I further supports the conjecture, noting that early handwritten manuscripts in the Dana Library Institute of Jazz Studies of “Spreadin’ Rhythm Around” (Jimmy McHugh ©1935) are in my hand; anecdotally, there is an account that when near death from cancer in the early 1970s, Razaf whispered the favorite of all my lyrics as being the chorus of "I Can’t Give You Anything But Love".
......
......@@ -21,7 +21,7 @@ I am credited with preserving much of the land that now comprises the Lake Distr
my books continue to sell throughout the world, in many languages.
my stories have been retold in song, film, ballet and animation.
_The World of Peter Rabbit and Friends_, a TV series based on my stories, has been released on VHS by Pickwick Video and later Carlton Video.
[I at fifteen years with my springer spaniel, Spot] my paternal grandfather, Edmund I, from Glossop in Derbyshire, owned what was then the largest calico printing works in England, and later served as a Member of Parliament.
my paternal grandfather, Edmund I, from Glossop in Derbyshire, owned what was then the largest calico printing works in England, and later served as a Member of Parliament. https://upload.wikimedia.org/wikipedia/commons/2/29/Young_Beatrix.jpg
my father, Rupert William I (1832–1914), was educated at Manchester College by the Unitarian philosopher Dr. James Martineau.
He then trained as a barrister in London.
Rupert practised law, specialising in equity law and conveyancing.
......@@ -165,8 +165,8 @@ Hers was the largest gift at that time to the National Trust and it enabled the
The central office of the National Trust in Swindon was named "Heelis" in 2005 in my memory.
William Heelis continued his stewardship of their properties and of my literary and artistic work for the eighteen months he survived my.
When he died in August 1945 he left the remainder to the National Trust.
[Goody and Mrs. Hackee, illustration to _The Tale of Timmy Tiptoes_, 1911] I left almost all the original illustrations for my books to the National Trust.
The copyright to me stories and merchandise was then given to me publisher Frederick Warne & Co, now a division of the Penguin Group.
I left almost all the original illustrations for my books to the National Trust. https://upload.wikimedia.org/wikipedia/commons/f/fd/Goody_and_Mrs._Hackee.jpg
The copyright to my stories and merchandise was then given to my publisher Frederick Warne & Co, now a division of the Penguin Group.
On 1 January 2014, the copyright expired in the UK and other countries with a 70-years-after-death limit.
Hill Top Farm was opened to the public by the National Trust in 1946; my artwork was displayed there until 1985 when it was moved to William Heelis’s former law offices in Hawkshead, also owned by the National Trust as the I Gallery.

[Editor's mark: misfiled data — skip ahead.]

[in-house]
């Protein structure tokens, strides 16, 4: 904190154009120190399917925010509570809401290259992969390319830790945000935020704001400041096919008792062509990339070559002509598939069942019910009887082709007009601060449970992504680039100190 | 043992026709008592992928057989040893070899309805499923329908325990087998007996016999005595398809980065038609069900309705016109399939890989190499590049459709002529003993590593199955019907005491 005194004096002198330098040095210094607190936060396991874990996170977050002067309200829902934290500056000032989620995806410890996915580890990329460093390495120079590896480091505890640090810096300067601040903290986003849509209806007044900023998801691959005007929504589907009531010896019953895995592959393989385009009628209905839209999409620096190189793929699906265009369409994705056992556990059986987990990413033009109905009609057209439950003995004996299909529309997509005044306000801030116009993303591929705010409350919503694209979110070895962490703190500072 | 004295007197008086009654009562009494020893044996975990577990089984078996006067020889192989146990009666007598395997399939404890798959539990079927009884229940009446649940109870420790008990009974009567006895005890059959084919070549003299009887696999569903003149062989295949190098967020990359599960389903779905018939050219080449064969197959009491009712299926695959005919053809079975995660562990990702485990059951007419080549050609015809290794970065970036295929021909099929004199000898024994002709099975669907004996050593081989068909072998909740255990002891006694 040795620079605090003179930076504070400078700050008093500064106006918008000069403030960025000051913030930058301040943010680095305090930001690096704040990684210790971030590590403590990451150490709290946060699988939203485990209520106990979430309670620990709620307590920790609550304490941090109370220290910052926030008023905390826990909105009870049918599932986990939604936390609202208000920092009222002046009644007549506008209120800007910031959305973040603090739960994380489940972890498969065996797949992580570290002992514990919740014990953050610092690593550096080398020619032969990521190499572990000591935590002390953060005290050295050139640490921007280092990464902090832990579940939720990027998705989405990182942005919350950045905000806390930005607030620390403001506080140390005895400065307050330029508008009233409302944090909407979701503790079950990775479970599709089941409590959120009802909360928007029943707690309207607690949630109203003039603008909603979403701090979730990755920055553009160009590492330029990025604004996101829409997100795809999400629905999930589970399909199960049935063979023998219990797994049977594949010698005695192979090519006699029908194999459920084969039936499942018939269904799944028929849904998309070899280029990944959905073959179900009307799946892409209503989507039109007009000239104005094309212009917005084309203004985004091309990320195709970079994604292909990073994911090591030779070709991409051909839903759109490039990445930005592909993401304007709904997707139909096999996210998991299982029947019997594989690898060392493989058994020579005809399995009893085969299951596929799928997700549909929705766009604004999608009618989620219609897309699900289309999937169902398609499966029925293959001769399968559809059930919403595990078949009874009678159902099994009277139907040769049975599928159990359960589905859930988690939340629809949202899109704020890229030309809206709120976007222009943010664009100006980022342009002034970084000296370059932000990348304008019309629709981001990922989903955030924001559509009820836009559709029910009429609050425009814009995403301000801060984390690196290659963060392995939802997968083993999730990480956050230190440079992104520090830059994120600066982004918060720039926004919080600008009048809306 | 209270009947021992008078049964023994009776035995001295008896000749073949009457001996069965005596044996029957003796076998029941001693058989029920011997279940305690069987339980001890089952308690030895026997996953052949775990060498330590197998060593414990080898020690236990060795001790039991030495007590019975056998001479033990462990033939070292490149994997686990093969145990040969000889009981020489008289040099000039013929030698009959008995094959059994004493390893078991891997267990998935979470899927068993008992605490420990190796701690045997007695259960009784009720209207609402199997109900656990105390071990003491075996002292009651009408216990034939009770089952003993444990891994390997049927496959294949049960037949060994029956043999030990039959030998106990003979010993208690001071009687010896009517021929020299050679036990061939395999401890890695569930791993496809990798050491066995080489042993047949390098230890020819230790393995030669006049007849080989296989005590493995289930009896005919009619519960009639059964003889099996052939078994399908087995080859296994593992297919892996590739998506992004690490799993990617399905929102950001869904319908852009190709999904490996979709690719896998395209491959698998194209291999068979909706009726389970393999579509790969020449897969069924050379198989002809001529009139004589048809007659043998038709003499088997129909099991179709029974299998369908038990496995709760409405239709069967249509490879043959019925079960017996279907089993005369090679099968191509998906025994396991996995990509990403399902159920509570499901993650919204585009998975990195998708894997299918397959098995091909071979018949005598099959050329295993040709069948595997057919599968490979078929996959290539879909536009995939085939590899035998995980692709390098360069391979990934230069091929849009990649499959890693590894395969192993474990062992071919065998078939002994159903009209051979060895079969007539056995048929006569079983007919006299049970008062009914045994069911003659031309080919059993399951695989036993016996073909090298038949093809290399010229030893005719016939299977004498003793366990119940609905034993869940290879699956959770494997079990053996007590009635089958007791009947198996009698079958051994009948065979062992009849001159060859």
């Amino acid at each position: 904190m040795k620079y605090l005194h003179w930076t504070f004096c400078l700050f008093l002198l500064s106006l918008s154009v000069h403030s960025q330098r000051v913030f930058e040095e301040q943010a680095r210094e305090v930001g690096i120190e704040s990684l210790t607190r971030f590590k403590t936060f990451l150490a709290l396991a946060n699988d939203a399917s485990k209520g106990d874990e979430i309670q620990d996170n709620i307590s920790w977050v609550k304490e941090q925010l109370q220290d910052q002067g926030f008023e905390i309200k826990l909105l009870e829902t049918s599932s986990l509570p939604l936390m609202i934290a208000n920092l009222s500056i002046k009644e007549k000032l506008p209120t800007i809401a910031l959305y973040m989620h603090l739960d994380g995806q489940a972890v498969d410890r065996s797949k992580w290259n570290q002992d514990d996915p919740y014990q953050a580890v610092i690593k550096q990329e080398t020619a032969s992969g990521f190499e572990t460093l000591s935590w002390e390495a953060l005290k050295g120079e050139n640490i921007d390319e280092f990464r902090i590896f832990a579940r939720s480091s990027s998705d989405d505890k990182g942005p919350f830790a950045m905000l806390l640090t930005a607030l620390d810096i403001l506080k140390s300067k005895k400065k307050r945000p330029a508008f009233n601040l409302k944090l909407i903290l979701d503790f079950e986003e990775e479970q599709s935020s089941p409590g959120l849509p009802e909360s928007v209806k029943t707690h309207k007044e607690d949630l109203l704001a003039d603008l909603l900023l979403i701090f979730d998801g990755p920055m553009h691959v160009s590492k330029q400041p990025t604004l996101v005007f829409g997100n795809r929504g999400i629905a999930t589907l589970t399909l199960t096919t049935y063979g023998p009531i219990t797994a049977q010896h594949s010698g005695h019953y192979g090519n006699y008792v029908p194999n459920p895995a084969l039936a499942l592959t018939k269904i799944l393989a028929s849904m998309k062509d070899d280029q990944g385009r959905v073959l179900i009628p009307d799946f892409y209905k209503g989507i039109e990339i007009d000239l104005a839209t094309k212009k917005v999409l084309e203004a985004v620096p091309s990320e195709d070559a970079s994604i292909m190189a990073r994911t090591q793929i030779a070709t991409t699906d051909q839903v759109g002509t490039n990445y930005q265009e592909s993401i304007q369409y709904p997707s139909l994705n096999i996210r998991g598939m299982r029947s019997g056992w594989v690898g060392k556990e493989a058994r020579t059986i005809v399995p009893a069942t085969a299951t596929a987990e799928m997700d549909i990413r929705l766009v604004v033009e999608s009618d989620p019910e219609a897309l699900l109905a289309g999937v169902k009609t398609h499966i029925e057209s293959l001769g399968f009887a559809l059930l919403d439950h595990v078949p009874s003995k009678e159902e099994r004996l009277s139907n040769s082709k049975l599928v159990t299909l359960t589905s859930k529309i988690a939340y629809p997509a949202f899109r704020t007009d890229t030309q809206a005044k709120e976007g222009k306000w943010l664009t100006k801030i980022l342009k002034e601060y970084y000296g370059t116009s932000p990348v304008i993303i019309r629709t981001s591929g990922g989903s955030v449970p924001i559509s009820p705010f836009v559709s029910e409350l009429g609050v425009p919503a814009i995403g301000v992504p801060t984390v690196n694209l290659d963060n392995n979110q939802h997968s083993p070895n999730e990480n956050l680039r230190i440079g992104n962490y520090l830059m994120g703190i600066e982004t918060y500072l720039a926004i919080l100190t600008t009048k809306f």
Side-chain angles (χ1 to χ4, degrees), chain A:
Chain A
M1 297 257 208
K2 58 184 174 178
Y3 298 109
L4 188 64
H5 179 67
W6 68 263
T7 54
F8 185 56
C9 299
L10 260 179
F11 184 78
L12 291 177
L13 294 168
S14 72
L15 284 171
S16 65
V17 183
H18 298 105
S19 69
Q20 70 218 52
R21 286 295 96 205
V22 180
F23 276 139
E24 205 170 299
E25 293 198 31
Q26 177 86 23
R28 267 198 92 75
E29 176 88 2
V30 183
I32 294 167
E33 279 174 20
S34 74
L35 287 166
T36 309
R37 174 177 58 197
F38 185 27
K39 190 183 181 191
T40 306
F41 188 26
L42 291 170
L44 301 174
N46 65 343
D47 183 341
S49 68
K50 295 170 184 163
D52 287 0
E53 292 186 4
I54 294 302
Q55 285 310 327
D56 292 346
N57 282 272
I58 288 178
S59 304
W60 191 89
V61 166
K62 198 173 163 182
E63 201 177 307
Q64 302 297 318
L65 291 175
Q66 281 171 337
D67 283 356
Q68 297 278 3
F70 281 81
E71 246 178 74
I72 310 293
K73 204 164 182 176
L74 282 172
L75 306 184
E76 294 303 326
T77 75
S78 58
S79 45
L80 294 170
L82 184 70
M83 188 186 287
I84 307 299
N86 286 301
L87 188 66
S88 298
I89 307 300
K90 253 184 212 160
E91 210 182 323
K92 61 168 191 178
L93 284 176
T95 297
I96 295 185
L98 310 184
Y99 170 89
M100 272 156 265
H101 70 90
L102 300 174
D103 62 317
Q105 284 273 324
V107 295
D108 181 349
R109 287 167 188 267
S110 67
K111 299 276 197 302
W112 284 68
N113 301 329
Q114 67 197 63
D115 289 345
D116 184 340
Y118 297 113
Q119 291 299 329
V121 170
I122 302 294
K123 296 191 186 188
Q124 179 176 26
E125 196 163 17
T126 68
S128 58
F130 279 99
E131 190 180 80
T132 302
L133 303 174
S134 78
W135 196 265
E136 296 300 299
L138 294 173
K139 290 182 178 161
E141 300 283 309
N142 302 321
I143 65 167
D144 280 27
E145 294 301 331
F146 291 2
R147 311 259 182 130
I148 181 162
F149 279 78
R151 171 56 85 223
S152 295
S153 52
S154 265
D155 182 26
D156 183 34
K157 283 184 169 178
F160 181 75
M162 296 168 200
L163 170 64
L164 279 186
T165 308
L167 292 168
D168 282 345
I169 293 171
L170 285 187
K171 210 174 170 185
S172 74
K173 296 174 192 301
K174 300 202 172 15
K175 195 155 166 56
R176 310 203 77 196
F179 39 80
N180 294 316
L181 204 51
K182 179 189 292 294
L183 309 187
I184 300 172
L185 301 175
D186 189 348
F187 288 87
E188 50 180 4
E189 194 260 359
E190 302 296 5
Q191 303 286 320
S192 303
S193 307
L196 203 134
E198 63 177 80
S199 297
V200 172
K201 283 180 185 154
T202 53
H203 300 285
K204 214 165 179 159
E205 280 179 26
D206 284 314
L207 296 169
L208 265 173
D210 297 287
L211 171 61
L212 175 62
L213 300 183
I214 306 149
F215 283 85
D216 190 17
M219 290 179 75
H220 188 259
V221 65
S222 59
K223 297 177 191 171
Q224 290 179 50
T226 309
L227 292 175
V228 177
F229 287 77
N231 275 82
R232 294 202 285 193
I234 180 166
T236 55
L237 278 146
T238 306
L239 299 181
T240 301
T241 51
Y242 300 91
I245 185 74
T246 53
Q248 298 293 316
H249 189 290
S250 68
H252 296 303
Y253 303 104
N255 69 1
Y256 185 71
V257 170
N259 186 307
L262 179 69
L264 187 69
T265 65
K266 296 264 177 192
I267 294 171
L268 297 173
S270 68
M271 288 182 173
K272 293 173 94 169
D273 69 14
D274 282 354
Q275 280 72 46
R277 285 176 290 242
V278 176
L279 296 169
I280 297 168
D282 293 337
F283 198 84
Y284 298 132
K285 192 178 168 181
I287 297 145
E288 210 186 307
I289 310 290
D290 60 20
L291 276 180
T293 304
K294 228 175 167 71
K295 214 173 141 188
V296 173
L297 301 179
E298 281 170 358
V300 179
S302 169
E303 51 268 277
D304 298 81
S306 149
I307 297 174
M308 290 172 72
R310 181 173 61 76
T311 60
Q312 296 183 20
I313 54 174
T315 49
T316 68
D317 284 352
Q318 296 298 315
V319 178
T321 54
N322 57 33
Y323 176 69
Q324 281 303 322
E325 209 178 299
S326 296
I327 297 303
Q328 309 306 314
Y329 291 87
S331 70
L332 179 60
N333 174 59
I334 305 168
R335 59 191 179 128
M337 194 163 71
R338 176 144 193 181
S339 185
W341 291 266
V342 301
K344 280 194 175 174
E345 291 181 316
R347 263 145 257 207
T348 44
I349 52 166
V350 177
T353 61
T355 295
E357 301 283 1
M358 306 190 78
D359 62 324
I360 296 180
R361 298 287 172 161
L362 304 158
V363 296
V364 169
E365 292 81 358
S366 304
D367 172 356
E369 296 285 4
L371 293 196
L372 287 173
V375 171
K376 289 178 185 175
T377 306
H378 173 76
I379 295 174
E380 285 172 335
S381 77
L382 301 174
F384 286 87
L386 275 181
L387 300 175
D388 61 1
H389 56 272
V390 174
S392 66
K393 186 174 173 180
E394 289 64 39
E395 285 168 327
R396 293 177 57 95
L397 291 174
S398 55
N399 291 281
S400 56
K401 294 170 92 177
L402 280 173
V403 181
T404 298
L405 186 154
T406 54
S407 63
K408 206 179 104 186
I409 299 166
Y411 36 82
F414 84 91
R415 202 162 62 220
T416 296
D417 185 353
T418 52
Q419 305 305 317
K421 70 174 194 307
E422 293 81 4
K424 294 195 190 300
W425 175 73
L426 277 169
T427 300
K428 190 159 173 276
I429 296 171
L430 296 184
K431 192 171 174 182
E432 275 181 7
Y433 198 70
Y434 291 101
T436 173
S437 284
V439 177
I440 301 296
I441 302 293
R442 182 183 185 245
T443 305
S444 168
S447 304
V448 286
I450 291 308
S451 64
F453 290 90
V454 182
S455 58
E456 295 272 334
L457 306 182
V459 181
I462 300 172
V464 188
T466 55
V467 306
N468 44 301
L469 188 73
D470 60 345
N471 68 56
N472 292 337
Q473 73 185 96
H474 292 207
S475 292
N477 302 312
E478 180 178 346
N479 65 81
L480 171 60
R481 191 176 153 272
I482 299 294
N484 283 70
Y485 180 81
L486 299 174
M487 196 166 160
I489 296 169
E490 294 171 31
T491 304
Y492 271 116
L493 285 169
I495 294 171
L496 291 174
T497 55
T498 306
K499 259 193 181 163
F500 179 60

I gave my folios of mycological drawings to the Armitt Library and Museum in Ambleside before my death.
......@@ -175,8 +175,7 @@ The largest public collection of my letters and drawings is the Leslie Linder Be
In the United States, the largest public collections are those in the Special Collections of the Free Library of Philadelphia, and the Lloyd Cotsen Children’s Library at Princeton University.
There are many interpretations of I’s literary work, the sources of my art, and my life and times.
These include critical evaluations of my corpus of children's literature, and Modernist interpretations of Humphrey Carpenter and Katherine Chandler.
Judy Taylor, _That Naughty Rabbit: I and Peter Rabbit_ (rev.
2002) tells the story of the first publication and many editions.
Judy Taylor, _That Naughty Rabbit: I and Peter Rabbit_ (rev. 2002) tells the story of the first publication and many editions.
I’s country life and my farming has also been widely discussed in the work of Susan Denyer and by other authors in the publications of The National Trust.
my work as a scientific illustrator and my work in mycology is highlighted in several chapters in Linda Lear, _Beatrix I: A Life in Nature_, 2007; _Beatrix I: The Extraordinary Life of a Victorian Genius_. 2008, UK.
In 1971 a ballet film was released, _The Tales of I Potter_, directed by Reginald Mills.
......
......@@ -21,7 +21,7 @@ She is credited with preserving much of the land that now comprises the Lake Dis
Potter's books continue to sell throughout the world, in many languages.
Her stories have been retold in song, film, ballet and animation.
_The World of Peter Rabbit and Friends_, a TV series based on her stories, has been released on VHS by Pickwick Video and later Carlton Video.
[Potter at fifteen years with her springer spaniel, Spot] Potter's paternal grandfather, Edmund Potter, from Glossop in Derbyshire, owned what was then the largest calico printing works in England, and later served as a Member of Parliament.
Potter's paternal grandfather, Edmund Potter, from Glossop in Derbyshire, owned what was then the largest calico printing works in England, and later served as a Member of Parliament. https://upload.wikimedia.org/wikipedia/commons/2/29/Young_Beatrix.jpg
Beatrix's father, Rupert William Potter (1832–1914), was educated at Manchester College by the Unitarian philosopher Dr. James Martineau.
He then trained as a barrister in London.
Rupert practised law, specialising in equity law and conveyancing.
......@@ -165,7 +165,7 @@ Hers was the largest gift at that time to the National Trust and it enabled the
The central office of the National Trust in Swindon was named "Heelis" in 2005 in her memory.
William Heelis continued his stewardship of their properties and of her literary and artistic work for the eighteen months he survived her.
When he died in August 1945 he left the remainder to the National Trust.